How will a $1000 phone make me happier than a non-smartphone? I bet our happiness wouldn’t be diminished if these devices vanished.
I think to myself if I didn’t have a smartphone but just a non-smartphone for calls, would I be embarrassed to use it in public? For a moment, I thought I would.
I started thinking about how dependent we can be for the positive views of others, even strangers. Then I realized I don’t care what people would think and as long as the phone worked I would consider myself lucky to have a device.
Invisible to yourself
We have selective attention and our attention is strained by the constant bombardment of information. Information can be especially selective when the information is about ourselves.
There’s a tren for us to look for information that supports what we believe and discount information we don’t believe for is inconsistent with our views.
It’s a reminder of how we can be invisible to ourselves and how our ideas are formed and executed.
When we start listening to our inner voice, or daemon as Socrates would call it, we can learn a lot about ourselves. We can figure out what will make us happy for the long-term over the superficial and fleeting joys or pleasures.
This is a way to no longer be invisible to ourselves. An opportunity to know ourselves a little better today than we did yesterday. In some way understand who we are and what we are about.
We also shouldn’t be so critical of others and their decisions when we remain invisible to ourselves.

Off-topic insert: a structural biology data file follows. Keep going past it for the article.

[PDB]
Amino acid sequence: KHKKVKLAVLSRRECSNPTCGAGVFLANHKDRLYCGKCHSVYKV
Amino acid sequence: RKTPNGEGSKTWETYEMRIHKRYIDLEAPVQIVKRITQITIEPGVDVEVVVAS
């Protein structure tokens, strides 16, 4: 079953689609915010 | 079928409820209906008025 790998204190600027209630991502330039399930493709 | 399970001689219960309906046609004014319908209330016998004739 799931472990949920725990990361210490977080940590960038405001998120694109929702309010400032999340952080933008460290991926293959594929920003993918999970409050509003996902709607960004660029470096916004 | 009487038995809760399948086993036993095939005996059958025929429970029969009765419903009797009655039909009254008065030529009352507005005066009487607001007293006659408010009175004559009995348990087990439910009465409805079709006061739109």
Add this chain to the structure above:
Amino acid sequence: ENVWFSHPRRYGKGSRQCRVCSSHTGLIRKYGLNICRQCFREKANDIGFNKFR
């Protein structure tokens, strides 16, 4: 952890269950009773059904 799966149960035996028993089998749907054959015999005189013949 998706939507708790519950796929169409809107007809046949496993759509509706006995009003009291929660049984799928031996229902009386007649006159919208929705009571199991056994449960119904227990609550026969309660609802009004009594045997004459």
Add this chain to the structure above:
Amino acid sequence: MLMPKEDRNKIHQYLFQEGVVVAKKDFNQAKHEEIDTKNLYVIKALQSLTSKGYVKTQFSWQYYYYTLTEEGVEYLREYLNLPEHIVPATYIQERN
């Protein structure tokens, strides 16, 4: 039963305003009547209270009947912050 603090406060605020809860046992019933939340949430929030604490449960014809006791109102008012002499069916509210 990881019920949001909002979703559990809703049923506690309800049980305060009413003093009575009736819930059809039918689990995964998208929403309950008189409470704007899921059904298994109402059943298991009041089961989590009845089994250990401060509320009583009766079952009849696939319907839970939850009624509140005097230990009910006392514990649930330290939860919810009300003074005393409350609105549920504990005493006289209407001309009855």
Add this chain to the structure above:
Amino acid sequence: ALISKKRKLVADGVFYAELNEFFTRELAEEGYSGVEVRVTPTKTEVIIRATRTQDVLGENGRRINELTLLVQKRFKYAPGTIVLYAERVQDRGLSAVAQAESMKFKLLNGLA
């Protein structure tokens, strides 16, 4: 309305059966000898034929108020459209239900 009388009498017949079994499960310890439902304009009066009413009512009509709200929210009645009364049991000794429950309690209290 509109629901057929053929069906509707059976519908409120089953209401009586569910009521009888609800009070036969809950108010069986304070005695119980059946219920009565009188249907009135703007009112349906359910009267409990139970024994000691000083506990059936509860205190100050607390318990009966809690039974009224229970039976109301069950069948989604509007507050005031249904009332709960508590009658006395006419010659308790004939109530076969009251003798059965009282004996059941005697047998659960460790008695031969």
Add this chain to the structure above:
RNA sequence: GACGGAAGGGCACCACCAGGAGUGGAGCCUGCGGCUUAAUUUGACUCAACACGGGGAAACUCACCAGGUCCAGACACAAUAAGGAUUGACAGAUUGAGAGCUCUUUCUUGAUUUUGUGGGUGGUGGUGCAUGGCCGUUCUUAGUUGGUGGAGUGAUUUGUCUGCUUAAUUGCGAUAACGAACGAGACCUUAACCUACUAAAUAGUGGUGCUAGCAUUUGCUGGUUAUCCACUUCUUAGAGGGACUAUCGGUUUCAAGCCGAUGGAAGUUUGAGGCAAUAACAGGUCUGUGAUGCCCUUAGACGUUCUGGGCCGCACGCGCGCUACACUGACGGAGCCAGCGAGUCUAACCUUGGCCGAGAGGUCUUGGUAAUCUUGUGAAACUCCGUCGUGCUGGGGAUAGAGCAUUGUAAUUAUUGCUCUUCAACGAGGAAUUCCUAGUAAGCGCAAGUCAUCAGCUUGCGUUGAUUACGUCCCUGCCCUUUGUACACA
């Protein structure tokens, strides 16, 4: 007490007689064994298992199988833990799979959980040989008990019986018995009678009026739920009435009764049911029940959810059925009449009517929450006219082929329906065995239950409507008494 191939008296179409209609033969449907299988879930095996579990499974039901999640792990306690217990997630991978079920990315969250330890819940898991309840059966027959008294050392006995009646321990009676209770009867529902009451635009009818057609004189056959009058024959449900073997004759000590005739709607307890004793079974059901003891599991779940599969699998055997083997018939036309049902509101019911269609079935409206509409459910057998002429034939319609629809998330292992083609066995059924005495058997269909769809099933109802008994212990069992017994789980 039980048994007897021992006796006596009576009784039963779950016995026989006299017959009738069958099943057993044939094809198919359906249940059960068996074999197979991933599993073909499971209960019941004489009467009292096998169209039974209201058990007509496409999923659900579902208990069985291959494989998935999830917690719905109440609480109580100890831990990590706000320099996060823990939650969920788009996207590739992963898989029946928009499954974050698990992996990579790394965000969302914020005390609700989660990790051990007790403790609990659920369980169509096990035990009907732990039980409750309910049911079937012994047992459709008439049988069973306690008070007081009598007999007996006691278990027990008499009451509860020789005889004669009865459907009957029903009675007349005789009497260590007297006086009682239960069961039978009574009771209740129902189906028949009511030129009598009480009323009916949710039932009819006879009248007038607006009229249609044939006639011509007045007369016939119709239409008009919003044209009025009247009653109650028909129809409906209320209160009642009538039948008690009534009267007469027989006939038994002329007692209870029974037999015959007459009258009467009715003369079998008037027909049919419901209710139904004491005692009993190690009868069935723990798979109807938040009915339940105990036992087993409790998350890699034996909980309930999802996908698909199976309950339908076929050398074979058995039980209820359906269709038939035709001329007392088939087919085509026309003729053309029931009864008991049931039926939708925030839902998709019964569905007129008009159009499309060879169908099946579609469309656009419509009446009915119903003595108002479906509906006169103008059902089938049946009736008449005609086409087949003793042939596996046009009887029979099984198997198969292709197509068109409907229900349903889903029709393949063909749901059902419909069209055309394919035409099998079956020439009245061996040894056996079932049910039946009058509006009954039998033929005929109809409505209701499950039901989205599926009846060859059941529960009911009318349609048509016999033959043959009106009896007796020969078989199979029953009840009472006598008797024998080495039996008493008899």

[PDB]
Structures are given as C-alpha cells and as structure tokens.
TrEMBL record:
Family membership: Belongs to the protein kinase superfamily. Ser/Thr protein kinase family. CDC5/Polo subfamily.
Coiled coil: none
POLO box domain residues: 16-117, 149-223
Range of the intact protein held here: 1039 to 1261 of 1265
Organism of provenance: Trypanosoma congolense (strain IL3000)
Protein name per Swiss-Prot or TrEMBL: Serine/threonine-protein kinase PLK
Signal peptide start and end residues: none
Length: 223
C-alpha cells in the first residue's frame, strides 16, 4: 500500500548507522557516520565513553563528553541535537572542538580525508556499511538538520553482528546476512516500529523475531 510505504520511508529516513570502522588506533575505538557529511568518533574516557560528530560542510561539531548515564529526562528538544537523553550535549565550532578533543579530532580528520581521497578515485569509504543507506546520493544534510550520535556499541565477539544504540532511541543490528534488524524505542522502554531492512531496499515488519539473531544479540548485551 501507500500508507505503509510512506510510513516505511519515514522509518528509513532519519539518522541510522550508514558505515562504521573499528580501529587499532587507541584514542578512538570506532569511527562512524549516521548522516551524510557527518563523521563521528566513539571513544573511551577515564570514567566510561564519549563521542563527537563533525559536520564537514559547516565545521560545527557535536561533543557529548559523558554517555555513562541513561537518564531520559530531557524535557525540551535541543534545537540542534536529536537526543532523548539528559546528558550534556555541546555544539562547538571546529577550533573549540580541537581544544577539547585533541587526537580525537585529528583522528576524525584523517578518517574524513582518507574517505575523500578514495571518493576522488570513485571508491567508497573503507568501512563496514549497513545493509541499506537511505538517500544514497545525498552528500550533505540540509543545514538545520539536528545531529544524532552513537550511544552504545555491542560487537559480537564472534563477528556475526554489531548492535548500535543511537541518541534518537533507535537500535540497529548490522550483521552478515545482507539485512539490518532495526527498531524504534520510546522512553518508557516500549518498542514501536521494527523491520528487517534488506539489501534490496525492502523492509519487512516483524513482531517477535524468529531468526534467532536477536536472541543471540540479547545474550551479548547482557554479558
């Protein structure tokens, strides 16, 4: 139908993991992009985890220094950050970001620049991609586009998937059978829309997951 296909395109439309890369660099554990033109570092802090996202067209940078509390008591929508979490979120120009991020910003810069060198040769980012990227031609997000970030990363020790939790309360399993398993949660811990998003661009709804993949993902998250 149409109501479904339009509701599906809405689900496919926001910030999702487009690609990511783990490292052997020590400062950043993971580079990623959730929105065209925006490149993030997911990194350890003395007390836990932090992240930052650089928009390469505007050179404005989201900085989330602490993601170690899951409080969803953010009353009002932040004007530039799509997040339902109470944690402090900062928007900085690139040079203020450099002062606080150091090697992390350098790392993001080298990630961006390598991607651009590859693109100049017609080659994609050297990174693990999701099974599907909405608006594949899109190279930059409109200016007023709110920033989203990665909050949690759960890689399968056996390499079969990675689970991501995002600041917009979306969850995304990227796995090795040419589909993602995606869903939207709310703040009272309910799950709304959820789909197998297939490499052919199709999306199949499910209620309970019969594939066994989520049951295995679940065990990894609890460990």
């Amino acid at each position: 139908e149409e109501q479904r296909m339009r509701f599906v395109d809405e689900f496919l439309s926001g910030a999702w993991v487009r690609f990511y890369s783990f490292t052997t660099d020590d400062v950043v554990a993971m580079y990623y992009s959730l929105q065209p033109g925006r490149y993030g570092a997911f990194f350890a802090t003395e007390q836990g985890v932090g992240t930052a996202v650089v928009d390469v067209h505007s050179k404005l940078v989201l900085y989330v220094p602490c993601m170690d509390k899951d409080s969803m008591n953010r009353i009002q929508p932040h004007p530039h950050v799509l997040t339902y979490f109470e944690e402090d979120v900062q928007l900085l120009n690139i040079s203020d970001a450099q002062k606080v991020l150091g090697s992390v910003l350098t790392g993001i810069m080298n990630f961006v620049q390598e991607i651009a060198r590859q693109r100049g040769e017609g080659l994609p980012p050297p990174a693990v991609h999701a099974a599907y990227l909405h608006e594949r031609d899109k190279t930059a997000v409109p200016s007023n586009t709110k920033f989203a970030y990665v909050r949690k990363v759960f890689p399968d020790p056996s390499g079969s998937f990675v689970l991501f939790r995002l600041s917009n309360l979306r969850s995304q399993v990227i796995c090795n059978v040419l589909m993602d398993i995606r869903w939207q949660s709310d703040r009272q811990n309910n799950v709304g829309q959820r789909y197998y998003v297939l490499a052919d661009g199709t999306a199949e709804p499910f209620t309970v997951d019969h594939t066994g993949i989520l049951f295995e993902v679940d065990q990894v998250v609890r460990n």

This is something we can do right now, at this very moment. All it takes is a little time, effort, and honest self-evaluation, of ourselves to start on the right path.
Tomorrow is an option
Why wait for tomorrow when I can have it today? We live in an age of convenience and instant gratification, with access to goods and ideas no other civilization has experienced.
This may have us discount thoughts of the long-term. Can you blame us for thinking this way? The present lives so large in our sights and we have so many decisions to make every day, how can we think about tomorrow when we can barely get through today?
Consequences of this view do arrive. The choices we make at the moment do last to tomorrow. This isn’t unknown to us, yet we seem to block it out. Yes, I will buy that $1000 smartphone but wouldn’t that $1000 be better used for something else tomorrow? Probably.
We regularly make decisions based on our mood at the moment, that may or may not represent our long-term goals or interest. I was reading Guns, Germs, and Steel and thinking how different life used to be.
Life was very “in the moment” when trying to find water or address the short-term need for food and shelter. It wasn’t until we started building communities that the thoughts of tomorrow started to become important.
In the end, it’s our mental inheritance that doesn’t match the environments we created.
A habit of habits